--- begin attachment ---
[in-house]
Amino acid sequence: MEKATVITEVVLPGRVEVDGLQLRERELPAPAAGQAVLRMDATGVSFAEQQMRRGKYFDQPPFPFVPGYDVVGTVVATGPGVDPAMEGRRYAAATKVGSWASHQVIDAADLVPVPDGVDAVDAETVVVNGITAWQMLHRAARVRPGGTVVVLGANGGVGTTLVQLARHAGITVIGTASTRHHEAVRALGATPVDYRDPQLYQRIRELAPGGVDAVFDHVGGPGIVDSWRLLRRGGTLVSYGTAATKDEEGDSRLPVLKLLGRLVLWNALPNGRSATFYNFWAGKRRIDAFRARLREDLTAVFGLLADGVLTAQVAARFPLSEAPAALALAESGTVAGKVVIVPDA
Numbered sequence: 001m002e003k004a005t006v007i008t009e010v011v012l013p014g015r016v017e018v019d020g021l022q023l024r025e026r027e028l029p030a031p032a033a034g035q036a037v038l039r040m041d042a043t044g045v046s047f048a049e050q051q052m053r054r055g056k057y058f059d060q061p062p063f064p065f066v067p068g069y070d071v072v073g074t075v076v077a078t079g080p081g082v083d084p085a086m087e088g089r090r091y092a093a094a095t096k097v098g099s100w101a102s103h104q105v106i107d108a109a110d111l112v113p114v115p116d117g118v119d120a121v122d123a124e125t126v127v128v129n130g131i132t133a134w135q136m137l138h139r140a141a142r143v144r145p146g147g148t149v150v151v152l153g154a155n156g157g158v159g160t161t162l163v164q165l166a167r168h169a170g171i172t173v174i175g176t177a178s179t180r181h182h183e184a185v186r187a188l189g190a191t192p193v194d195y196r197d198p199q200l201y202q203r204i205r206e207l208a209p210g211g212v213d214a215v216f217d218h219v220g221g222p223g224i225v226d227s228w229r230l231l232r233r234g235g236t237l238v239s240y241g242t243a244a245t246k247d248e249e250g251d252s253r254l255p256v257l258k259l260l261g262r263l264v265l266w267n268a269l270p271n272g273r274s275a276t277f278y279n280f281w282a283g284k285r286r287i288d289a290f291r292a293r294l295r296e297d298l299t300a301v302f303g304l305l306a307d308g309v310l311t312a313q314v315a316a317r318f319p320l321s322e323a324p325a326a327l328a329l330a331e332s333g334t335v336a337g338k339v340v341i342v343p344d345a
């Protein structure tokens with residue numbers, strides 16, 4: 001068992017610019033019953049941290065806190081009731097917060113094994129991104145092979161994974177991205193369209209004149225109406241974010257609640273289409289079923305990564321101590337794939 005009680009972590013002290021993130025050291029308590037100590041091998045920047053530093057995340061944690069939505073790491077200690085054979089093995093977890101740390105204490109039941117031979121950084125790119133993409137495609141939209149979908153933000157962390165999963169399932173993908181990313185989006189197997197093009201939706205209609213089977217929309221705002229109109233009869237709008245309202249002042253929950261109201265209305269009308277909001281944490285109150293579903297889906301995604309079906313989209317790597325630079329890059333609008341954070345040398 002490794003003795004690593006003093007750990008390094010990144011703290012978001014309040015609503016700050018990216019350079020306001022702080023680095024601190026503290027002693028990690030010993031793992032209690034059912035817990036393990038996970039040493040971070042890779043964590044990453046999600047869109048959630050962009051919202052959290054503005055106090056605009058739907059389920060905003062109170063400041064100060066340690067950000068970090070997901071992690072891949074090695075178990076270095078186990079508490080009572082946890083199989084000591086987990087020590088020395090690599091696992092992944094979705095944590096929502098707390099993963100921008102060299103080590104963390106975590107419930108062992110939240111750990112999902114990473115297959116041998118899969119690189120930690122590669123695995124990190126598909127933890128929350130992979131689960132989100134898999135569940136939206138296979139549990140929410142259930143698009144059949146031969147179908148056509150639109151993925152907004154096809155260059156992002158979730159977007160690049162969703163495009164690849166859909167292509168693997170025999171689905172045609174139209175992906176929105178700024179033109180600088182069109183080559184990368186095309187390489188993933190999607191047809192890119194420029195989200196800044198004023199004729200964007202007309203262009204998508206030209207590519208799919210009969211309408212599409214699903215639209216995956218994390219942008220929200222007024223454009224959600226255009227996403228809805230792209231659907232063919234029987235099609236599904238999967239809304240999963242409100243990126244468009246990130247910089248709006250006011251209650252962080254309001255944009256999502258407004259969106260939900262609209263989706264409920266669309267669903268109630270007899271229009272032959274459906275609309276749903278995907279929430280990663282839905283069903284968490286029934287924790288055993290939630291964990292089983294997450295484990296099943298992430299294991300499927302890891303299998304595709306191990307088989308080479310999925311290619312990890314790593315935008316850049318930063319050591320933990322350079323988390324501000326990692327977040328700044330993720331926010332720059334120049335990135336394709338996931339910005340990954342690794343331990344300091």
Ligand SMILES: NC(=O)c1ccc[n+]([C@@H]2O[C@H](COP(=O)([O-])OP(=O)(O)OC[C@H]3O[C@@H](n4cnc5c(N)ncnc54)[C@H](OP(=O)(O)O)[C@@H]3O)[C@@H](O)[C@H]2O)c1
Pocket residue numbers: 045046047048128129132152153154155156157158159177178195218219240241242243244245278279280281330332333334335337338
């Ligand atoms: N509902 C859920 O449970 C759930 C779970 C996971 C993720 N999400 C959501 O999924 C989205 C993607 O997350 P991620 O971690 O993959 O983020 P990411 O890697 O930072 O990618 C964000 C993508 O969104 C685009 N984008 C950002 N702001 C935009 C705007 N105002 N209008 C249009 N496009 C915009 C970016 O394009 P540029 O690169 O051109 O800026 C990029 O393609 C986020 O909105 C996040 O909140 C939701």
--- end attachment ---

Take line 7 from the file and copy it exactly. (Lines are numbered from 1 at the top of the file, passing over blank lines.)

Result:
């Ligand atoms: N509902 C859920 O449970 C759930 C779970 C996971 C993720 N999400 C959501 O999924 C989205 C993607 O997350 P991620 O971690 O993959 O983020 P990411 O890697 O930072 O990618 C964000 C993508 O969104 C685009 N984008 C950002 N702001 C935009 C705007 N105002 N209008 C249009 N496009 C915009 C970016 O394009 P540029 O690169 O051109 O800026 C990029 O393609 C986020 O909105 C996040 O909140 C939701």